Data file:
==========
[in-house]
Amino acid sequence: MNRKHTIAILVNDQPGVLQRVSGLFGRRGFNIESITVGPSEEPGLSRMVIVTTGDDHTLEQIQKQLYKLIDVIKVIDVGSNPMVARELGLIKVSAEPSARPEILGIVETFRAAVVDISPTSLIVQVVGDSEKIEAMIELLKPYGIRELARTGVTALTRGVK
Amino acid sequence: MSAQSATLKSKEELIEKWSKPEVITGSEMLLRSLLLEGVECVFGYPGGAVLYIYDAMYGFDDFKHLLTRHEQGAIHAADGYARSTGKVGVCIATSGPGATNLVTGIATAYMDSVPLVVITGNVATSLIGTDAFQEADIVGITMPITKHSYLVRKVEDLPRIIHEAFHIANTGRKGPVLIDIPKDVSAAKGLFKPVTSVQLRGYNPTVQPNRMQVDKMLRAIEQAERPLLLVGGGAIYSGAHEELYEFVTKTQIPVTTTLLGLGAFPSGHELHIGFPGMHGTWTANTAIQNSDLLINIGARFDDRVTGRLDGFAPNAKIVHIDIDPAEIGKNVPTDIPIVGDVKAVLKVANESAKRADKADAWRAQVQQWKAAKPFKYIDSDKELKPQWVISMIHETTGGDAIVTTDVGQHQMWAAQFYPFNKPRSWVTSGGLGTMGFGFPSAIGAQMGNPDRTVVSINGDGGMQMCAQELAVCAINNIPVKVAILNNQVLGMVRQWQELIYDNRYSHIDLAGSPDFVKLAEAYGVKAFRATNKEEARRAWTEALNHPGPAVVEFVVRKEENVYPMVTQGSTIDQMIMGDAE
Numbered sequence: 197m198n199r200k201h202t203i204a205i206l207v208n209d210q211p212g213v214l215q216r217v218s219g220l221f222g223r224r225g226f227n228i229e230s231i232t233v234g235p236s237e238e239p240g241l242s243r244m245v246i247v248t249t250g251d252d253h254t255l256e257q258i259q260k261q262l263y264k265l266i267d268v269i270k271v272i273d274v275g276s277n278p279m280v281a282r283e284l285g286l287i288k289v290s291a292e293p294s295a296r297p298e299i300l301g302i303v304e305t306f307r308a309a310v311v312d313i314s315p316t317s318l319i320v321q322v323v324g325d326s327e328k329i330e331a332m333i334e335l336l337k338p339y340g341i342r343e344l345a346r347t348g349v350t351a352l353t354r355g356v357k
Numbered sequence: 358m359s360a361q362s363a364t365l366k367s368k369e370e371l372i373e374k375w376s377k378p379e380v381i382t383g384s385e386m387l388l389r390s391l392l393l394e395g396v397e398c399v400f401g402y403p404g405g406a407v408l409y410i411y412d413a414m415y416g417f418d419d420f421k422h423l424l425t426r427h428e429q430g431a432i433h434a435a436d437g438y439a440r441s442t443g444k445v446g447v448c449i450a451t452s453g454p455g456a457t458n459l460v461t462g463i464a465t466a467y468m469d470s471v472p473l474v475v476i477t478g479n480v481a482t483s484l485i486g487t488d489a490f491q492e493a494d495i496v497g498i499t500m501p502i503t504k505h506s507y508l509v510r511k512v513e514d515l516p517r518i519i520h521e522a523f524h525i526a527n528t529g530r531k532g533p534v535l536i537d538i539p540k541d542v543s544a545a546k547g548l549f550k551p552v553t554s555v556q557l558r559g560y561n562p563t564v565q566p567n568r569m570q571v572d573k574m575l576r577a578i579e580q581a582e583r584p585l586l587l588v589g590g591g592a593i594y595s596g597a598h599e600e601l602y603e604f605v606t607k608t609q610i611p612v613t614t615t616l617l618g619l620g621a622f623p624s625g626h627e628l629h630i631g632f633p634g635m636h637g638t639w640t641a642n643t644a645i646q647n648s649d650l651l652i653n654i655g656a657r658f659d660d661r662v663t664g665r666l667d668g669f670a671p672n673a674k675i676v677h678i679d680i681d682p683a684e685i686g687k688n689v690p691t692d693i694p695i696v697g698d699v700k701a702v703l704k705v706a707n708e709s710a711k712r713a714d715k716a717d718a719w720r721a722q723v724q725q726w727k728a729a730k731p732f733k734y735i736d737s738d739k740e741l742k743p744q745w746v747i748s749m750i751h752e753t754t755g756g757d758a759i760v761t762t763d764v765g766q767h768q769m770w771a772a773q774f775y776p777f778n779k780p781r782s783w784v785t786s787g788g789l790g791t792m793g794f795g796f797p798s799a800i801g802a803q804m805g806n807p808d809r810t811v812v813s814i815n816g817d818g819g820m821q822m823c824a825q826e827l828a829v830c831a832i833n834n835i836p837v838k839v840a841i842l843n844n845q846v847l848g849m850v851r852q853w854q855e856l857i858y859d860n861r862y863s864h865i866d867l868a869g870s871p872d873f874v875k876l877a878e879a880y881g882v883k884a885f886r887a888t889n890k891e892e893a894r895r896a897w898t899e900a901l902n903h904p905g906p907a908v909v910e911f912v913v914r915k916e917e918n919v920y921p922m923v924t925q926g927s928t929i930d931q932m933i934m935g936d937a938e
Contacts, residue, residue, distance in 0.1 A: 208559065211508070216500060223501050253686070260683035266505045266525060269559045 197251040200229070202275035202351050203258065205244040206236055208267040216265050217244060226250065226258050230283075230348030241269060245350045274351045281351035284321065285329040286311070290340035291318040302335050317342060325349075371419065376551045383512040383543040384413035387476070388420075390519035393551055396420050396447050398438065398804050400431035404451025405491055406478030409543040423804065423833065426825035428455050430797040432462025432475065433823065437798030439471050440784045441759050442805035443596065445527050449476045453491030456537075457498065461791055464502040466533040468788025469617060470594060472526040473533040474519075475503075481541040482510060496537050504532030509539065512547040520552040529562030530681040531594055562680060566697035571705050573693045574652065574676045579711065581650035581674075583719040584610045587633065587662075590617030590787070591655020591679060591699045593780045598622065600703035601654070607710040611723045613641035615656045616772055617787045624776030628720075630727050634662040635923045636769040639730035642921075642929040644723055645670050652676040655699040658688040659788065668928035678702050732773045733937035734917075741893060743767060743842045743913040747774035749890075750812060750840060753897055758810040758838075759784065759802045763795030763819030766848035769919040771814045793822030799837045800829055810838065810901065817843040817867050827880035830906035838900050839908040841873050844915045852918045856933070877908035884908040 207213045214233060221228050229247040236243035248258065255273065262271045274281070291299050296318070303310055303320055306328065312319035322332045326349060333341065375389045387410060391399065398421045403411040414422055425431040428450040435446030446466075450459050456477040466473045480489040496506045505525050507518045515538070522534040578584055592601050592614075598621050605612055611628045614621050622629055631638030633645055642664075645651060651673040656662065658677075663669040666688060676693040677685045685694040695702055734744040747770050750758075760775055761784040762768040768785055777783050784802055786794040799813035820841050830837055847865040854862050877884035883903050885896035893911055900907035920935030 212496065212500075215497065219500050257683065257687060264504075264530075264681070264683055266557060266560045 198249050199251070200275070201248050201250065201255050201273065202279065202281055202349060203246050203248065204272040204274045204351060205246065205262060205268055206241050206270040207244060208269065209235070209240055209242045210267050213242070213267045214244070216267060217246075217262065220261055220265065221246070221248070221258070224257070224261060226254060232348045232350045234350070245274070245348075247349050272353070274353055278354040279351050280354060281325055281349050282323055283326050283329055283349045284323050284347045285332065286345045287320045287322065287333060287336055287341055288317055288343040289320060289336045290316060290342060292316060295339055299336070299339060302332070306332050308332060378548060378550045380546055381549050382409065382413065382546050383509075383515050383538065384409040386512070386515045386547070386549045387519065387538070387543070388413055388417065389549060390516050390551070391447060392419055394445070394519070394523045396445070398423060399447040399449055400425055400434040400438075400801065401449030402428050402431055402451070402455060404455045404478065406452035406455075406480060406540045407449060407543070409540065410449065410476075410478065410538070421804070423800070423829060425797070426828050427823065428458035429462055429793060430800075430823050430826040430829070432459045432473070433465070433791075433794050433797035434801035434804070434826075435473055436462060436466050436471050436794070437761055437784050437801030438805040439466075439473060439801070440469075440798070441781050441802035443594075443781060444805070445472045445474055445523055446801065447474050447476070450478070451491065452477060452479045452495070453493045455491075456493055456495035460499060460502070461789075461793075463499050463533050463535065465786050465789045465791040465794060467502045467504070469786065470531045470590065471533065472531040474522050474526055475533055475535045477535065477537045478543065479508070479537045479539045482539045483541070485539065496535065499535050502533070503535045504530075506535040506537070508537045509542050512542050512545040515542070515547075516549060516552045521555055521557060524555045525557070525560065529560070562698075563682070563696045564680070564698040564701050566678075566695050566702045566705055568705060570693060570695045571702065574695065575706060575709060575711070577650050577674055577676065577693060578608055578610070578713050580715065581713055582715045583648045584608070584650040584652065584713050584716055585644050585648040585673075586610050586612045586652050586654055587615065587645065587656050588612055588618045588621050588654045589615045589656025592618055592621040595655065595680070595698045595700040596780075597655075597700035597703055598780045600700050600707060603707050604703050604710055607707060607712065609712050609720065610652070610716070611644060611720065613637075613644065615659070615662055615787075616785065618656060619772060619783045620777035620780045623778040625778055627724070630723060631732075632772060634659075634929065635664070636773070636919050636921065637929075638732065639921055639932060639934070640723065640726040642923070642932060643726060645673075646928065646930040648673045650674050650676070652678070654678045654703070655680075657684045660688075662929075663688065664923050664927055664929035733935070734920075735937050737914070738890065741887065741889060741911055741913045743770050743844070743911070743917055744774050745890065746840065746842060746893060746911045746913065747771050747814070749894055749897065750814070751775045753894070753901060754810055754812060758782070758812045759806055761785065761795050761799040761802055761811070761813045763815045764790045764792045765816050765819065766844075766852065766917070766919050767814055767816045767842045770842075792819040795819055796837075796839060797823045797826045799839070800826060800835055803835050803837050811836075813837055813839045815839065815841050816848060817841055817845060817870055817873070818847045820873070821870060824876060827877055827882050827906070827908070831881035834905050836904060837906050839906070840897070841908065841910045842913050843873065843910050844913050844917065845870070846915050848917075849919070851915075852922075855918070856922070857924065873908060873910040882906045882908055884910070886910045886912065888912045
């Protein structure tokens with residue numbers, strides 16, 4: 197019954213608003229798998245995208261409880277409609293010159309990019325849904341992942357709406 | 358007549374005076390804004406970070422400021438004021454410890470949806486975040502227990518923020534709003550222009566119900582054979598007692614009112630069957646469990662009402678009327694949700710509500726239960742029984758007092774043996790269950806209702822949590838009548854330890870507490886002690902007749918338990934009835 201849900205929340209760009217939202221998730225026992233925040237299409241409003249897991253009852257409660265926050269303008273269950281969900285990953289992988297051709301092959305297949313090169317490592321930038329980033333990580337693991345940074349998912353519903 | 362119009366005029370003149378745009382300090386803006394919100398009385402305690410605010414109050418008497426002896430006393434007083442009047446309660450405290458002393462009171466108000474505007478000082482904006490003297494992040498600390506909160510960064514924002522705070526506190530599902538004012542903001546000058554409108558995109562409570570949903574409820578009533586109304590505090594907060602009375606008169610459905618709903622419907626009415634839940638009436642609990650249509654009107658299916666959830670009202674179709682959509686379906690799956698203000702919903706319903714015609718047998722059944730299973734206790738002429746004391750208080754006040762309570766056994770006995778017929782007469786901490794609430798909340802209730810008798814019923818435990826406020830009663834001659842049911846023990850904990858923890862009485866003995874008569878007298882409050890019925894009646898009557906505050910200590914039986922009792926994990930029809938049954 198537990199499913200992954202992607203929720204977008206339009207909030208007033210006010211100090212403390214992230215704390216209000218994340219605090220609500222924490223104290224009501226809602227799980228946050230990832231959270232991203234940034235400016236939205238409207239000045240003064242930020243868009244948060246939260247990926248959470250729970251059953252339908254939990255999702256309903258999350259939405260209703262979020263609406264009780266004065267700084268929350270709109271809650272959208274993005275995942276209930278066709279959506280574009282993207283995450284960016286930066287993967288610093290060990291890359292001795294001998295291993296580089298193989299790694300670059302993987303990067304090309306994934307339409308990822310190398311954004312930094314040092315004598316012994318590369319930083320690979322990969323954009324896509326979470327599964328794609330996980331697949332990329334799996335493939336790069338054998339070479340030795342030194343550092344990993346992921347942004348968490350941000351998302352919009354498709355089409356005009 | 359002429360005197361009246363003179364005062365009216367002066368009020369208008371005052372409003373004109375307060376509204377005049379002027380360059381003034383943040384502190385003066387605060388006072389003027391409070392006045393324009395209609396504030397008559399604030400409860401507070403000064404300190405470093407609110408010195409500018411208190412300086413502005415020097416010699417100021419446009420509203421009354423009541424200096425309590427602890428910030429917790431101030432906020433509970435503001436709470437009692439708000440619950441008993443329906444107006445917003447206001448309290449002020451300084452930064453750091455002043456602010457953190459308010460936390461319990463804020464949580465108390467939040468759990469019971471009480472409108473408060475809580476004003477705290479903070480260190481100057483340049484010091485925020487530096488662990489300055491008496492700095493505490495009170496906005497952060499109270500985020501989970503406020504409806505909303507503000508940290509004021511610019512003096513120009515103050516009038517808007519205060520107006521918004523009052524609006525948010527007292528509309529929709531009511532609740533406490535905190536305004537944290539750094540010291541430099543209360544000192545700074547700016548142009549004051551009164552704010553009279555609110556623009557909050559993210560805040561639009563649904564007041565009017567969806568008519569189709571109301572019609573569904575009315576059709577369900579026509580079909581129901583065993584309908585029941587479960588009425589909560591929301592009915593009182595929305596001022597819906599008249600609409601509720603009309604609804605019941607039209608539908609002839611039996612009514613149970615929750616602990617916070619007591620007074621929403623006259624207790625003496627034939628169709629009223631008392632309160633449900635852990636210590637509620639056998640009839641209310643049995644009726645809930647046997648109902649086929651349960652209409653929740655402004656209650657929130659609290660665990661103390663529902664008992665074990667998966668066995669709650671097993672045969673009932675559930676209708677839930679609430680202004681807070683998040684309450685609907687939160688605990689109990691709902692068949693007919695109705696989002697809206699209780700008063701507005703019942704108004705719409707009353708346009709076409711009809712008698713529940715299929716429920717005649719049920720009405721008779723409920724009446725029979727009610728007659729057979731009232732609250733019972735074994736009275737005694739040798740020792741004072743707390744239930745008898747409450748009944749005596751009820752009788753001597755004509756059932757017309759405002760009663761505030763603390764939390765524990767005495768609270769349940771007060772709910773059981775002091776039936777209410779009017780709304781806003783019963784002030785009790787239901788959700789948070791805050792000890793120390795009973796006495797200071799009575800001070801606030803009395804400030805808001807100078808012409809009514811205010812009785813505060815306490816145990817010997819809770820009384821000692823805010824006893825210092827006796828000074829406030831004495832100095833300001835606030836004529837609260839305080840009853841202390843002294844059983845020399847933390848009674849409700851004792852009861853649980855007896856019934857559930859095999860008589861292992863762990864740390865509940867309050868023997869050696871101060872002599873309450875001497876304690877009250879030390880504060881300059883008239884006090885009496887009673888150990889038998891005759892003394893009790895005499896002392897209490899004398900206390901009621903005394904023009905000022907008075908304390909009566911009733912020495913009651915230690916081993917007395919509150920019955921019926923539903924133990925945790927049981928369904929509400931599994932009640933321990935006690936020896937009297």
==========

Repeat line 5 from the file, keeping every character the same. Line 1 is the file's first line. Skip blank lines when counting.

Numbered sequence: 358m359s360a361q362s363a364t365l366k367s368k369e370e371l372i373e374k375w376s377k378p379e380v381i382t383g384s385e386m387l388l389r390s391l392l393l394e395g396v397e398c399v400f401g402y403p404g405g406a407v408l409y410i411y412d413a414m415y416g417f418d419d420f421k422h423l424l425t426r427h428e429q430g431a432i433h434a435a436d437g438y439a440r441s442t443g444k445v446g447v448c449i450a451t452s453g454p455g456a457t458n459l460v461t462g463i464a465t466a467y468m469d470s471v472p473l474v475v476i477t478g479n480v481a482t483s484l485i486g487t488d489a490f491q492e493a494d495i496v497g498i499t500m501p502i503t504k505h506s507y508l509v510r511k512v513e514d515l516p517r518i519i520h521e522a523f524h525i526a527n528t529g530r531k532g533p534v535l536i537d538i539p540k541d542v543s544a545a546k547g548l549f550k551p552v553t554s555v556q557l558r559g560y561n562p563t564v565q566p567n568r569m570q571v572d573k574m575l576r577a578i579e580q581a582e583r584p585l586l587l588v589g590g591g592a593i594y595s596g597a598h599e600e601l602y603e604f605v606t607k608t609q610i611p612v613t614t615t616l617l618g619l620g621a622f623p624s625g626h627e628l629h630i631g632f633p634g635m636h637g638t639w640t641a642n643t644a645i646q647n648s649d650l651l652i653n654i655g656a657r658f659d660d661r662v663t664g665r666l667d668g669f670a671p672n673a674k675i676v677h678i679d680i681d682p683a684e685i686g687k688n689v690p691t692d693i694p695i696v697g698d699v700k701a702v703l704k705v706a707n708e709s710a711k712r713a714d715k716a717d718a719w720r721a722q723v724q725q726w727k728a729a730k731p732f733k734y735i736d737s738d739k740e741l742k743p744q745w746v747i748s749m750i751h752e753t754t755g756g757d758a759i760v761t762t763d764v765g766q767h768q769m770w771a772a773q774f775y776p777f778n779k780p781r782s783w784v785t786s787g788g789l790g791t792m793g794f795g796f797p798s799a800i801g802a803q804m805g806n807p808d809r810t811v812v813s814i815n816g817d818g819g820m821q822m823c824a825q826e827l828a829v830c831a832i833n834n835i836p837v838k839v840a841i842l843n844n845q846v847l848g849m850v851r852q853w854q855e856l857i858y859d860n861r862y863s864h865i866d867l868a869g870s871p872d873f874v875k876l877a878e879a880y881g882v883k884a885f886r887a888t889n890k891e892e893a894r895r896a897w898t899e900a901l902n903h904p905g906p907a908v909v910e911f912v913v914r915k916e917e918n919v920y921p922m923v924t925q926g927s928t929i930d931q932m933i934m935g936d937a938e